Writer: Michael Lesslie
Director: Peter Rowe
Reviewer: Glen Pearce
Fright Night seems to be a burgeoning business in Theatreland. The Woman in Black continues to scare audiences in both London and around the country, and countless other thrillers seem to be a mainstay of the touring repertoire. If Michael Lesslie’s And Then The Dark has a long future in the repertoire, though, is less certain.
Billed as a psychological thriller, Lesslie’s plot is as muddled as the mind of its central protagonist. As Edward sits in a gloomy room on the seventh anniversary of the death of his wife and son in a house fire in the room above. Edward has, however, refused to believe the pair has died and the circumstances behind the fire seem questionable at best. The deaths seven years ago add their own shadow to an already gloomy room, building paranoia in an already edgy Edward.
There’s a strong enough story there to craft an effective thriller but Lesslie piles on sub plot after sub plot that it feels like you’re having to wade through treacle to get to the heart of the piece. Characters enter into long, unnatural speeches that do nothing to drive narrative and, just when you think you are heading down one avenue, Lesslie troughs in another sub plot. In many ways it seems like a writer’s sketch book for ideas rather than a coherent plot. By the time the interval comes, little action has taken place and there is a real danger that the only threat will be of the audience falling asleep.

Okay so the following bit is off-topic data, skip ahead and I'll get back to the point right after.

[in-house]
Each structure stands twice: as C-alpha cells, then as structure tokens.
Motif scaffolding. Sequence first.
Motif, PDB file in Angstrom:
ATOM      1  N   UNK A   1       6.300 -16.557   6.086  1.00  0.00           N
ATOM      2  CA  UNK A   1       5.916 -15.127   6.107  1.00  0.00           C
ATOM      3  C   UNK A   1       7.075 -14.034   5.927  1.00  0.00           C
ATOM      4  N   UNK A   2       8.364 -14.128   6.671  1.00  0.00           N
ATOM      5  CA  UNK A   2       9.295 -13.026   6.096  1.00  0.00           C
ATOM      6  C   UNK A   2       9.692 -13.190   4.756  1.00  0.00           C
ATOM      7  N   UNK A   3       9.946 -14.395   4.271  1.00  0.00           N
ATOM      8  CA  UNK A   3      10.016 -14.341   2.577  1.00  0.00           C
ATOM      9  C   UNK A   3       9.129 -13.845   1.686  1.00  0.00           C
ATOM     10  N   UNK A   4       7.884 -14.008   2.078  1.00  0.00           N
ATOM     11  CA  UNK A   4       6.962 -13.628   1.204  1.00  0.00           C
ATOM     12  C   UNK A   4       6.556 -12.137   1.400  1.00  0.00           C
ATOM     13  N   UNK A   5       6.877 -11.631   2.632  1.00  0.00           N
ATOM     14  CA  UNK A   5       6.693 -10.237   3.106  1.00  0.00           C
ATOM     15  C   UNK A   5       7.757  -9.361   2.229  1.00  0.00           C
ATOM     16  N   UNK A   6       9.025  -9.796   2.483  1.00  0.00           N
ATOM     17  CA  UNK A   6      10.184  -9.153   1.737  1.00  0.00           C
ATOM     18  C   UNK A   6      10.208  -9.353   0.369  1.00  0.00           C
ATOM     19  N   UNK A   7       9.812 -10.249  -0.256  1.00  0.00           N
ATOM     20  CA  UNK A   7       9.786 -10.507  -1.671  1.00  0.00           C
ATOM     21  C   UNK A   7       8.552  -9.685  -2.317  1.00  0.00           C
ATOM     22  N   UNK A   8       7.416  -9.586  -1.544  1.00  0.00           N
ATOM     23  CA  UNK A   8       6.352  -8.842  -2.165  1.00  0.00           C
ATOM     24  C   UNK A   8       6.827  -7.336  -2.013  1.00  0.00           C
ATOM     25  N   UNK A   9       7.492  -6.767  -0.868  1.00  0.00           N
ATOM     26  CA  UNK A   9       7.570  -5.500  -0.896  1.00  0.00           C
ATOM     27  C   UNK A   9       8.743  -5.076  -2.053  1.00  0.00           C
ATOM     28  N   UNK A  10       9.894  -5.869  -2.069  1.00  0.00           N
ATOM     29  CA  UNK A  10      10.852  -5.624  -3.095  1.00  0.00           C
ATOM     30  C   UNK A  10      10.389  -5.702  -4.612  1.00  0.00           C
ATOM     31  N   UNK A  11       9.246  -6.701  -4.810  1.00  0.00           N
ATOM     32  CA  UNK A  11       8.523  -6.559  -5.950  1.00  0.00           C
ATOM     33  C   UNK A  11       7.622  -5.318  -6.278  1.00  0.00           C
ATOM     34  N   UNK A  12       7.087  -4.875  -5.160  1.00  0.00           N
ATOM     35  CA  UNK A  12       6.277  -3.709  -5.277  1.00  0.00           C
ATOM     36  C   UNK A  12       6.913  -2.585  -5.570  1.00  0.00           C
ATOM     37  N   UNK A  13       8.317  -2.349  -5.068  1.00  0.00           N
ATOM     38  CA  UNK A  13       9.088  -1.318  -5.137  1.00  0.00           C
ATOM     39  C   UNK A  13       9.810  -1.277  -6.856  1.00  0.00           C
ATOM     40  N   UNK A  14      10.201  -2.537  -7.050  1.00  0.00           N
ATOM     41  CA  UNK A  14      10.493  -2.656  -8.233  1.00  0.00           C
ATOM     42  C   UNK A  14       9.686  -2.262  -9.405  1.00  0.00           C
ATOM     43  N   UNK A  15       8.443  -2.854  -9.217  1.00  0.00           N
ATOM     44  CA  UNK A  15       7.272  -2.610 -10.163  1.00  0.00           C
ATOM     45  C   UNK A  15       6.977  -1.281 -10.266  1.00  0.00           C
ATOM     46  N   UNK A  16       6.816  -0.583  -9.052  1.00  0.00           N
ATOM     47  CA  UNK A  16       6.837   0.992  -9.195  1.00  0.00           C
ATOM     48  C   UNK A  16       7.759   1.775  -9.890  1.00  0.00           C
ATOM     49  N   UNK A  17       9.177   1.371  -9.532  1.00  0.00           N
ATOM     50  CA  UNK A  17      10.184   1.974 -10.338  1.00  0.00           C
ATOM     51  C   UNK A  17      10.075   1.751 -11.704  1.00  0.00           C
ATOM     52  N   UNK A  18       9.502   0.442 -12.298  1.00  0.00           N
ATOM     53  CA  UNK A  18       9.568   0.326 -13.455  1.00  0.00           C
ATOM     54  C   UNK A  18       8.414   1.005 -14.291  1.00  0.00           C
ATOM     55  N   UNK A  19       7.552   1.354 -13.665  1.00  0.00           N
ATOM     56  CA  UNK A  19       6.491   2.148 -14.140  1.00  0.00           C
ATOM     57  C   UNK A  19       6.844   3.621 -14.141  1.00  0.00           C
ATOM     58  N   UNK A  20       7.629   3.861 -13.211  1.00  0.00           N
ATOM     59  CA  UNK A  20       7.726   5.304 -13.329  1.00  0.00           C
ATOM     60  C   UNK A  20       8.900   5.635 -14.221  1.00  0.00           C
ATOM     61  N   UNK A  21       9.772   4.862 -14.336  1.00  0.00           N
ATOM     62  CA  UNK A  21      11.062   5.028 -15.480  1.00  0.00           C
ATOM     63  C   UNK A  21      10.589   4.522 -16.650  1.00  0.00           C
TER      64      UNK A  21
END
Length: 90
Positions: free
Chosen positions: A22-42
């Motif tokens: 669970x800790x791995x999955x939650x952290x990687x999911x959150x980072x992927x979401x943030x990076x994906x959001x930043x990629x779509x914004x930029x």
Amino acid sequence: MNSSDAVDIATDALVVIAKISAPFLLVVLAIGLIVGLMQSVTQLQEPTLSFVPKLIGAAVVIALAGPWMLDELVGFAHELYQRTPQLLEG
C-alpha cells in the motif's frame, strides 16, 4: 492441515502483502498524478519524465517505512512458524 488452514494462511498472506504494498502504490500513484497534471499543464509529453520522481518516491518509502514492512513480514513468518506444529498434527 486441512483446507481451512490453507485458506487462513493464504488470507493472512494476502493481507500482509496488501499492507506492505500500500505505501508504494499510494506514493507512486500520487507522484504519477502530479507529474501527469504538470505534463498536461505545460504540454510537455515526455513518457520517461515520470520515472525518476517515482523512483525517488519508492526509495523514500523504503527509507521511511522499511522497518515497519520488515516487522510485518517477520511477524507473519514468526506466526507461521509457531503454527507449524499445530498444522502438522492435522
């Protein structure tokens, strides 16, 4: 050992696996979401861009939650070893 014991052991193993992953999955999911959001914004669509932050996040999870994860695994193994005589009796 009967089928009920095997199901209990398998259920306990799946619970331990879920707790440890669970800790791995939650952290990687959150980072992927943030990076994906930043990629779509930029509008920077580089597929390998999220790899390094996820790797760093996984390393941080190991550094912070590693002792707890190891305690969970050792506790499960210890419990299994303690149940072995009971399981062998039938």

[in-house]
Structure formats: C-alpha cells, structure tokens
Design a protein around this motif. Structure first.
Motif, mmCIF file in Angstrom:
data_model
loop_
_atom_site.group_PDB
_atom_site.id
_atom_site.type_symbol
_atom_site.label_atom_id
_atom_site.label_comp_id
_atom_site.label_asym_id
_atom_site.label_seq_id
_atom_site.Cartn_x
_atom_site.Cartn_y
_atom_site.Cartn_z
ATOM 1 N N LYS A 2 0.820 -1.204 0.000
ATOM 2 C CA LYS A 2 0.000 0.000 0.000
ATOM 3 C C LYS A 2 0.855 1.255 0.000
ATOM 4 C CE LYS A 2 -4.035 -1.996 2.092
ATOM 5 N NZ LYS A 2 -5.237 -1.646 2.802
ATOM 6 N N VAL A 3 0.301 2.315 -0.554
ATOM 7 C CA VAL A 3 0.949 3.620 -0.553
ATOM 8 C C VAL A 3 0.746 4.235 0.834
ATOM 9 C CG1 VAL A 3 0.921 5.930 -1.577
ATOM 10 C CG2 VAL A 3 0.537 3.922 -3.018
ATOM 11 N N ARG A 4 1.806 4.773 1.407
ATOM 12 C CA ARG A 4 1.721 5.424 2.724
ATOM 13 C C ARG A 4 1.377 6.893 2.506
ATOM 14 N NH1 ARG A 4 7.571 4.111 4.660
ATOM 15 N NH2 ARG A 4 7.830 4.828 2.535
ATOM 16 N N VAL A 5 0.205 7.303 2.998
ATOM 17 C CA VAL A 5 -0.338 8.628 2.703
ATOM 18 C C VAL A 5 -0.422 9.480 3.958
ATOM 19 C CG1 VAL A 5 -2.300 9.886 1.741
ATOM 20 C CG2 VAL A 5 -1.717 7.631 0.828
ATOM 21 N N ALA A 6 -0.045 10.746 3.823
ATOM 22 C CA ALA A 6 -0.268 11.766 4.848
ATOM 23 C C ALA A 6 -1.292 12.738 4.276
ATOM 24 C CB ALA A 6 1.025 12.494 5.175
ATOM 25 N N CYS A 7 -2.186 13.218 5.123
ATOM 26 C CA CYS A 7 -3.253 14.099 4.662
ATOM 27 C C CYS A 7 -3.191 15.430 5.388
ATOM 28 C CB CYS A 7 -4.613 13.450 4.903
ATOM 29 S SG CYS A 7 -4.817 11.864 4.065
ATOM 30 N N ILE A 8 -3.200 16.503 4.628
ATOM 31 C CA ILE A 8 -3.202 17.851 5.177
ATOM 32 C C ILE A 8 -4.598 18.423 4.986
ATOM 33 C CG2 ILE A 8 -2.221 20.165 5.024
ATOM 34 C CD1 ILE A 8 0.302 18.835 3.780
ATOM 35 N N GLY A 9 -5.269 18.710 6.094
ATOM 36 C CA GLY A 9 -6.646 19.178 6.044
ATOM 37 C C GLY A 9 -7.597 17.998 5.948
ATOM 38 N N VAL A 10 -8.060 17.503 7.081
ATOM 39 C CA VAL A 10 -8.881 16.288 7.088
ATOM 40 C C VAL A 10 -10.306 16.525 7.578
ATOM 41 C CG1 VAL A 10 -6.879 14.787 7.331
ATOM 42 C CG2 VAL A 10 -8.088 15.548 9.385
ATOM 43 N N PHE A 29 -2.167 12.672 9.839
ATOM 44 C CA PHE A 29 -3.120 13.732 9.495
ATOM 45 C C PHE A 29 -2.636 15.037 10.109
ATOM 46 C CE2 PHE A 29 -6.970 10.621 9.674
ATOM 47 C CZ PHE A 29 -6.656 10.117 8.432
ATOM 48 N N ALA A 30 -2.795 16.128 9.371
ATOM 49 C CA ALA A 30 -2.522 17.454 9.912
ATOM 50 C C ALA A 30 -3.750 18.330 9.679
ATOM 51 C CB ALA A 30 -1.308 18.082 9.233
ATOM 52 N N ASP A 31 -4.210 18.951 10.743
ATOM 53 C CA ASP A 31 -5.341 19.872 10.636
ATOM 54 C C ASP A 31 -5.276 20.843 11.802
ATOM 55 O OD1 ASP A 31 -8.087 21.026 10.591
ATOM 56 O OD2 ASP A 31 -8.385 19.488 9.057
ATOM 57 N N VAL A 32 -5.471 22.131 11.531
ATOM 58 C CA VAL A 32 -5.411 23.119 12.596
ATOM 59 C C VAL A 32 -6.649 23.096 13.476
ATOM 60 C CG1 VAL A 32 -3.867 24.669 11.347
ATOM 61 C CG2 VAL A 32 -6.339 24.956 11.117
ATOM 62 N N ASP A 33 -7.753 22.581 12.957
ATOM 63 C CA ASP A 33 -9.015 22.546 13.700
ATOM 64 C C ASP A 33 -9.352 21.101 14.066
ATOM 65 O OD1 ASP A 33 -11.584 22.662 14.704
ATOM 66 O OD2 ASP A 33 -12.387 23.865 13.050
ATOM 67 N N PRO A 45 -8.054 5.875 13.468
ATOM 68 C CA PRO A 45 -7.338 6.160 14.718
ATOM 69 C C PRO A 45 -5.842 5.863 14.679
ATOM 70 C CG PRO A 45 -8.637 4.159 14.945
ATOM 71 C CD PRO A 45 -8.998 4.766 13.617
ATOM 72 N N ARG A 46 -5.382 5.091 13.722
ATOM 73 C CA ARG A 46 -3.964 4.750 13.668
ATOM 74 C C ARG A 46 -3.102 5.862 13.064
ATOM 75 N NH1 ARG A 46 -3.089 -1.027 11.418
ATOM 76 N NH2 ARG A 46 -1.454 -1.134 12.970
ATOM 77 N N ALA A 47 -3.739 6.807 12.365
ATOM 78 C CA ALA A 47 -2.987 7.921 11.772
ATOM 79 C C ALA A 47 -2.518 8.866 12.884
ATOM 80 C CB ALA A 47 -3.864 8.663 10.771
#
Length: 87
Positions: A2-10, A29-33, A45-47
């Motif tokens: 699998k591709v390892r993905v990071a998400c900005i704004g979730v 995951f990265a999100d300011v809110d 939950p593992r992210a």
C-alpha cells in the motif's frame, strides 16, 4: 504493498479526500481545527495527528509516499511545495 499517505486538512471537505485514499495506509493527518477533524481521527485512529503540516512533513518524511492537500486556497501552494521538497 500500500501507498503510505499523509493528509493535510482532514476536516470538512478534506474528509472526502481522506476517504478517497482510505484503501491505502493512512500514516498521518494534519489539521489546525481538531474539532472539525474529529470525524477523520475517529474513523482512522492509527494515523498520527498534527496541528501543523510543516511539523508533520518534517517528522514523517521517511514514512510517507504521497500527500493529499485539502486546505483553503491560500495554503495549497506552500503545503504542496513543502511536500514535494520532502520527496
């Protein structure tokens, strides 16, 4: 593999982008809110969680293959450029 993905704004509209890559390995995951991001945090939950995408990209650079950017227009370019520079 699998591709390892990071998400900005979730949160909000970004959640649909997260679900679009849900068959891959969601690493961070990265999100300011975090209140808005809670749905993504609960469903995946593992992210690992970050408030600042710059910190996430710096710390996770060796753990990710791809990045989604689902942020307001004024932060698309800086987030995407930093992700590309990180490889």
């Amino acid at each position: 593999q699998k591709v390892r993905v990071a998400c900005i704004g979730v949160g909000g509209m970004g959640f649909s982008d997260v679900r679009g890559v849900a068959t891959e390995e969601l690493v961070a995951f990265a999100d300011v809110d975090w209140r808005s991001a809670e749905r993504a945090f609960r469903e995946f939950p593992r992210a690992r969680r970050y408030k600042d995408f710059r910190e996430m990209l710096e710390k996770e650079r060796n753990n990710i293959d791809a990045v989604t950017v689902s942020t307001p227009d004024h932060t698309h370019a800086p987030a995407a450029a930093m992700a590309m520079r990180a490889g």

Things do take a darker turn in the second act but it’s too little, too late and the contrived nature of their delivery has comedic rather than chilling overtones. Overblown dialogue and superfluous characters make it feel like a script in urgent need of a literary editor. A rushed denouement makes you wonder what the previous two hours actually achieved. There are fleeting moments of tension but not enough to maintain any feeling of suspense or chill.
Peter Rowe’s production relies heavily on lighting and sound to create atmosphere and Matthew Bugg’s score and Malcolm Rippeth’s shadowy lighting provide the only genuine chills of the evening, complementing Foxton’s beautifully detailed but underused set.
The cast try valiantly to create some atmosphere but it often verges dangerously into melodrama rather than thriller. Paul Ansdell overplays the paranoia of Edward, becoming a parody in the process and, while Ben Jones tries to give William a darker edge, the script hinders such shade, rendering the character a comic air. There are strong cameo performances from Liza Sadovy and Jonny Weldon as Ruth and Theo but, again, they are hampered by clunky dialogue and construction.
With some major surgery there is a potential for an effective thriller buried here, but at the moment its buried in the ashes by overblown exposition, muddled plot lines and a frankly comedic denouement. A wimper rather than a scream.